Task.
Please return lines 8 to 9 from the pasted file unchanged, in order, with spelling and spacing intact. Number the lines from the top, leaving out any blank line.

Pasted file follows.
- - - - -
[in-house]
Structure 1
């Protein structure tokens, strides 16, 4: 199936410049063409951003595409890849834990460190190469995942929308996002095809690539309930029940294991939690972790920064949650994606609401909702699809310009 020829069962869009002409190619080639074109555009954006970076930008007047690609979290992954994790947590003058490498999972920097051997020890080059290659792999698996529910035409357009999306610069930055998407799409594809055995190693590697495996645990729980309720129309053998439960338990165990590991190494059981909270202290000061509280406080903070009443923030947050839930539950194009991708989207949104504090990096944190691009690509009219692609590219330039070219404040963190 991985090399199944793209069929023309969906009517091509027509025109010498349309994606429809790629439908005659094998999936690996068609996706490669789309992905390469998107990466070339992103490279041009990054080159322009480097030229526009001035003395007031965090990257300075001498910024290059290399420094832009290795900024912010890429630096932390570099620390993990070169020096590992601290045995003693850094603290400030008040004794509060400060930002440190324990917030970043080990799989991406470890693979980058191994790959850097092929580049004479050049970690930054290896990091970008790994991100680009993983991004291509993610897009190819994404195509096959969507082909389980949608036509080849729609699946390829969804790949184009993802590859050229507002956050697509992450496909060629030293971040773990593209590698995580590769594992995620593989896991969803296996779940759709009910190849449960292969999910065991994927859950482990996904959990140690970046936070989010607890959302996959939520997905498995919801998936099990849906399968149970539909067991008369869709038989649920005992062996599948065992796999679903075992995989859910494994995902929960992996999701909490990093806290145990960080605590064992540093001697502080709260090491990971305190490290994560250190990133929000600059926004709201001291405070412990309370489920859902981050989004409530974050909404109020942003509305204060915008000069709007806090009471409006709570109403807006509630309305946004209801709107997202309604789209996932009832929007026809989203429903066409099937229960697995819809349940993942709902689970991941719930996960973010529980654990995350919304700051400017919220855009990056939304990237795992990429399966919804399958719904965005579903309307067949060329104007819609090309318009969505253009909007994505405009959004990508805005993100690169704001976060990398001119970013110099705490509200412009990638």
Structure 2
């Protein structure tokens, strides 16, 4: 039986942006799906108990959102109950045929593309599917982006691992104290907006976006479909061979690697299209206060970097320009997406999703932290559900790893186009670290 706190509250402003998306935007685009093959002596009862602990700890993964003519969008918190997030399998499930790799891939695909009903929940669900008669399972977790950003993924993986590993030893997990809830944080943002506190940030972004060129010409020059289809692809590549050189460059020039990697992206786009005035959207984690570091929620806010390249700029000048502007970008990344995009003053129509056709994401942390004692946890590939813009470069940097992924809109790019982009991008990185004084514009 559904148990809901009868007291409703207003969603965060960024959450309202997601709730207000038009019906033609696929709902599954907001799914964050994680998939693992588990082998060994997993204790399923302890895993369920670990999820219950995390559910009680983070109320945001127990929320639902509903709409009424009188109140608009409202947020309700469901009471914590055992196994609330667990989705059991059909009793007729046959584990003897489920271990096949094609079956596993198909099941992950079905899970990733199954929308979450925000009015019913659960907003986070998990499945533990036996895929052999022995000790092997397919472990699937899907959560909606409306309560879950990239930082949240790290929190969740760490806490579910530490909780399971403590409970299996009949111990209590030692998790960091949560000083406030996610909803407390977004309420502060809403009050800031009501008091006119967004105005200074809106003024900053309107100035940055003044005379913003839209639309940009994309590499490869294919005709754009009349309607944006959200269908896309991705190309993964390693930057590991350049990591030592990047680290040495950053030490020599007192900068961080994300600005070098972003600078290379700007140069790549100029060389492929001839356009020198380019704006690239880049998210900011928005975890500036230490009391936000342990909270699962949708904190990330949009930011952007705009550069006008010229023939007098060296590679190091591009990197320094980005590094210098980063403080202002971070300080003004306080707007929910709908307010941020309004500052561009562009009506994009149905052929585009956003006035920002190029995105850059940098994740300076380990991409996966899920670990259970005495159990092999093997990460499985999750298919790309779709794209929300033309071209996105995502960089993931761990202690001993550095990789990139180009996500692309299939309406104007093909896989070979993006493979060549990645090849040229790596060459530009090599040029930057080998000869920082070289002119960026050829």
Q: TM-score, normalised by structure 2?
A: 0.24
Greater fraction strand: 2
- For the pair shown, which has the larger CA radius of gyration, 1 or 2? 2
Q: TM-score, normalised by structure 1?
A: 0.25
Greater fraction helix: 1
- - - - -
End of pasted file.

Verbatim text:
Greater fraction strand: 2
- For the pair shown, which has the larger CA radius of gyration, 1 or 2? 2